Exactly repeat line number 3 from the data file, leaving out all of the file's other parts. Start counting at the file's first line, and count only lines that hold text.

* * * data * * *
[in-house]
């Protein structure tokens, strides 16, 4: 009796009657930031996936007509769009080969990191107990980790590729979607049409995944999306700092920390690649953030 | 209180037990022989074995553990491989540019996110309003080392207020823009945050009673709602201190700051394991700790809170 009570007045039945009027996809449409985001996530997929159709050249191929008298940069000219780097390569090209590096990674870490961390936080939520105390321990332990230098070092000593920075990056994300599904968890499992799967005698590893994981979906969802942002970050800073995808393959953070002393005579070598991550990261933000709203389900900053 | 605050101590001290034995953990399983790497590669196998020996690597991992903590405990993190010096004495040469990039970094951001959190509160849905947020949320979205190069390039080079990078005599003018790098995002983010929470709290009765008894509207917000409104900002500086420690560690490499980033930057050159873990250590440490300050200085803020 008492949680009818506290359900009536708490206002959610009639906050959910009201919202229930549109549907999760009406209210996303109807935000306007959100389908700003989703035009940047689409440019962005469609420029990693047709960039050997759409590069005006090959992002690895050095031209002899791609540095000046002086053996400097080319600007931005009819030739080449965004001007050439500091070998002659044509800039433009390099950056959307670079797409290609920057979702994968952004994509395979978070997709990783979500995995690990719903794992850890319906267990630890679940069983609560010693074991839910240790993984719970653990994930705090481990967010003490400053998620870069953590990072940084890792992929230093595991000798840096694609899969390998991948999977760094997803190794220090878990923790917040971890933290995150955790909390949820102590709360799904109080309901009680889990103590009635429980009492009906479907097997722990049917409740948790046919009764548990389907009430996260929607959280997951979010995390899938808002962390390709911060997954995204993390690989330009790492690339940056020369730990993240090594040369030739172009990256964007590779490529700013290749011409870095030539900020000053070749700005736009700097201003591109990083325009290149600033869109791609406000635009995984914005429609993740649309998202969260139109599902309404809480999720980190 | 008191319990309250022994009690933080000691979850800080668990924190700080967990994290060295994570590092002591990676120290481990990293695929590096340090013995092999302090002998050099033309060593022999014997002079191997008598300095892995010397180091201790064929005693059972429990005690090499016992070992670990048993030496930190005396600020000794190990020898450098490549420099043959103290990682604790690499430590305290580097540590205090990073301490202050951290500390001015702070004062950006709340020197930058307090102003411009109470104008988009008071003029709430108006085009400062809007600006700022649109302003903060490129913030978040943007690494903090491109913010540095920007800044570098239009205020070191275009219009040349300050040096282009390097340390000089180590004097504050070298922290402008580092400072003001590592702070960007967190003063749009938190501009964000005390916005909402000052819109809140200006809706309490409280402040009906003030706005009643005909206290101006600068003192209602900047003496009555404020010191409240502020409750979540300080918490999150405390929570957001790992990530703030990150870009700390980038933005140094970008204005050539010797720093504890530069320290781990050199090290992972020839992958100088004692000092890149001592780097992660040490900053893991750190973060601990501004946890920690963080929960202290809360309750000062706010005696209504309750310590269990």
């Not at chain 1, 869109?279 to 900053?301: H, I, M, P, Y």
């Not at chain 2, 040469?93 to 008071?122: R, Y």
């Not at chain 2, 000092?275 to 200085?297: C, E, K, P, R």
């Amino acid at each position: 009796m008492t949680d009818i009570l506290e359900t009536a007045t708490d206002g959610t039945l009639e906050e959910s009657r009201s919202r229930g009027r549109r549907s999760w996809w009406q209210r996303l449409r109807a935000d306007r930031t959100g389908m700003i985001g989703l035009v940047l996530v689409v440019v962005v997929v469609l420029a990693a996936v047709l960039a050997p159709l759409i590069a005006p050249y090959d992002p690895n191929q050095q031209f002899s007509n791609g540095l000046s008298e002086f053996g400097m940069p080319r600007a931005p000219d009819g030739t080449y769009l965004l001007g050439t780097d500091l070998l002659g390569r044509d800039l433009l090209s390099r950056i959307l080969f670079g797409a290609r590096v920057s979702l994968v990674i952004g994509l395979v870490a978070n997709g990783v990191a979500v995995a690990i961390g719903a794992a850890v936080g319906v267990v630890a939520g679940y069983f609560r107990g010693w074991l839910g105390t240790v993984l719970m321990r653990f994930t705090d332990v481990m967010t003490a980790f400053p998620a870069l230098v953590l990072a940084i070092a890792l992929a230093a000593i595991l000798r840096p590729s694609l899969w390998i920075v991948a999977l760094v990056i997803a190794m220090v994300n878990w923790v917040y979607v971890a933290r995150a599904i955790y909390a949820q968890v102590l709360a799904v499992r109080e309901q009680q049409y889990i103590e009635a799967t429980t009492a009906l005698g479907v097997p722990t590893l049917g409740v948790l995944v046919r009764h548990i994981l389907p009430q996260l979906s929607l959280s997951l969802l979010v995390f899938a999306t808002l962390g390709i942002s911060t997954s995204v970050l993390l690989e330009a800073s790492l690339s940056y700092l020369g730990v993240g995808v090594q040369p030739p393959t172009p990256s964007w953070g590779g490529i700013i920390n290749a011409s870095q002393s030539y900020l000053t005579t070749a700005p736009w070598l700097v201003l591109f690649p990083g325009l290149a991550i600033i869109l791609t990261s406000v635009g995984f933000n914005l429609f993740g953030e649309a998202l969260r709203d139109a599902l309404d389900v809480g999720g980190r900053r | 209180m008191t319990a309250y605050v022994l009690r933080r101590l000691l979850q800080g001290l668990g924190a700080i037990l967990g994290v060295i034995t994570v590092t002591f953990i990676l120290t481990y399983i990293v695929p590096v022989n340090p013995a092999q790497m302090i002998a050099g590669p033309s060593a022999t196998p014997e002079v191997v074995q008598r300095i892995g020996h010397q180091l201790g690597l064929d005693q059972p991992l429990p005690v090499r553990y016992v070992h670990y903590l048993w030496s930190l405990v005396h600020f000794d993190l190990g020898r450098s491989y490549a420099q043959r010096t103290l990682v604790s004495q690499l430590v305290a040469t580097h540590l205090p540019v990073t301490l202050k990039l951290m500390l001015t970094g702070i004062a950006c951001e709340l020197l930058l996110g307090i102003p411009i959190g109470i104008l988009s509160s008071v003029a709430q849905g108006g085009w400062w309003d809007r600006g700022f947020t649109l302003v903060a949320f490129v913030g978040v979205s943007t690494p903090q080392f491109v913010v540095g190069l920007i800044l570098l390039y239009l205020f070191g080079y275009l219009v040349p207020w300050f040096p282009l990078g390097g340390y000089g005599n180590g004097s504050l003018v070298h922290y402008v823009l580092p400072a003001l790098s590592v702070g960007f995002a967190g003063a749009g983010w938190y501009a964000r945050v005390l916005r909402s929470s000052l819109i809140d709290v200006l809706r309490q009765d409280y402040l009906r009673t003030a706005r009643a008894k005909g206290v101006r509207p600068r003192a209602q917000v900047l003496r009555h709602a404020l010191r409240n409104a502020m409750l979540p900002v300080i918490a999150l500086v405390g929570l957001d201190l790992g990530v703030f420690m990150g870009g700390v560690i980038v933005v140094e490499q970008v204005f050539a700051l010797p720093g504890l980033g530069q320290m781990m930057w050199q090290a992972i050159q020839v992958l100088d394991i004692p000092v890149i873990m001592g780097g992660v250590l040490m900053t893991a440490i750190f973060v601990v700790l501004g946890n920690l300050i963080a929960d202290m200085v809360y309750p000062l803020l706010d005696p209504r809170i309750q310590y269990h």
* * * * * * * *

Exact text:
């Not at chain 1, 869109?279 to 900053?301: H, I, M, P, Y």